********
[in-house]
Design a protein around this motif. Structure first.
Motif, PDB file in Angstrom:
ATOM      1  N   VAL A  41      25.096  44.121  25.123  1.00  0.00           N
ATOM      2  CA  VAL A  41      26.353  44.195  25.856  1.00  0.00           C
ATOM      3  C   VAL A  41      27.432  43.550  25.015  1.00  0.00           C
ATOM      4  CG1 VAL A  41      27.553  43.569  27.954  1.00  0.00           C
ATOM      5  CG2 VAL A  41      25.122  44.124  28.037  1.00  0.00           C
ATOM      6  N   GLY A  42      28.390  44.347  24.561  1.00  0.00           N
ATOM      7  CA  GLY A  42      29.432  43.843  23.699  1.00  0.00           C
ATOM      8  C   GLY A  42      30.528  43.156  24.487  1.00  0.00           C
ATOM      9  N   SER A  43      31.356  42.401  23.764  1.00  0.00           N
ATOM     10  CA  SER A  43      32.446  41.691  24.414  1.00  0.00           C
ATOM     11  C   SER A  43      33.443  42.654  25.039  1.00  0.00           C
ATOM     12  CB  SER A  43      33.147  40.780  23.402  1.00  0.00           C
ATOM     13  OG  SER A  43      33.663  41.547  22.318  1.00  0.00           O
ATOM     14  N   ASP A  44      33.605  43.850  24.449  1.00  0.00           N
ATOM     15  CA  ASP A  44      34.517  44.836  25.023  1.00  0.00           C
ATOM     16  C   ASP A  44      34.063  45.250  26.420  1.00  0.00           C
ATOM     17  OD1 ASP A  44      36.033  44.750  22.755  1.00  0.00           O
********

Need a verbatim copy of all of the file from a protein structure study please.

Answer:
[in-house]
Design a protein around this motif. Structure first.
Motif, PDB file in Angstrom:
ATOM      1  N   VAL A  41      25.096  44.121  25.123  1.00  0.00           N
ATOM      2  CA  VAL A  41      26.353  44.195  25.856  1.00  0.00           C
ATOM      3  C   VAL A  41      27.432  43.550  25.015  1.00  0.00           C
ATOM      4  CG1 VAL A  41      27.553  43.569  27.954  1.00  0.00           C
ATOM      5  CG2 VAL A  41      25.122  44.124  28.037  1.00  0.00           C
ATOM      6  N   GLY A  42      28.390  44.347  24.561  1.00  0.00           N
ATOM      7  CA  GLY A  42      29.432  43.843  23.699  1.00  0.00           C
ATOM      8  C   GLY A  42      30.528  43.156  24.487  1.00  0.00           C
ATOM      9  N   SER A  43      31.356  42.401  23.764  1.00  0.00           N
ATOM     10  CA  SER A  43      32.446  41.691  24.414  1.00  0.00           C
ATOM     11  C   SER A  43      33.443  42.654  25.039  1.00  0.00           C
ATOM     12  CB  SER A  43      33.147  40.780  23.402  1.00  0.00           C
ATOM     13  OG  SER A  43      33.663  41.547  22.318  1.00  0.00           O
ATOM     14  N   ASP A  44      33.605  43.850  24.449  1.00  0.00           N
ATOM     15  CA  ASP A  44      34.517  44.836  25.023  1.00  0.00           C
ATOM     16  C   ASP A  44      34.063  45.250  26.420  1.00  0.00           C
ATOM     17  OD1 ASP A  44      36.033  44.750  22.755  1.00  0.00           O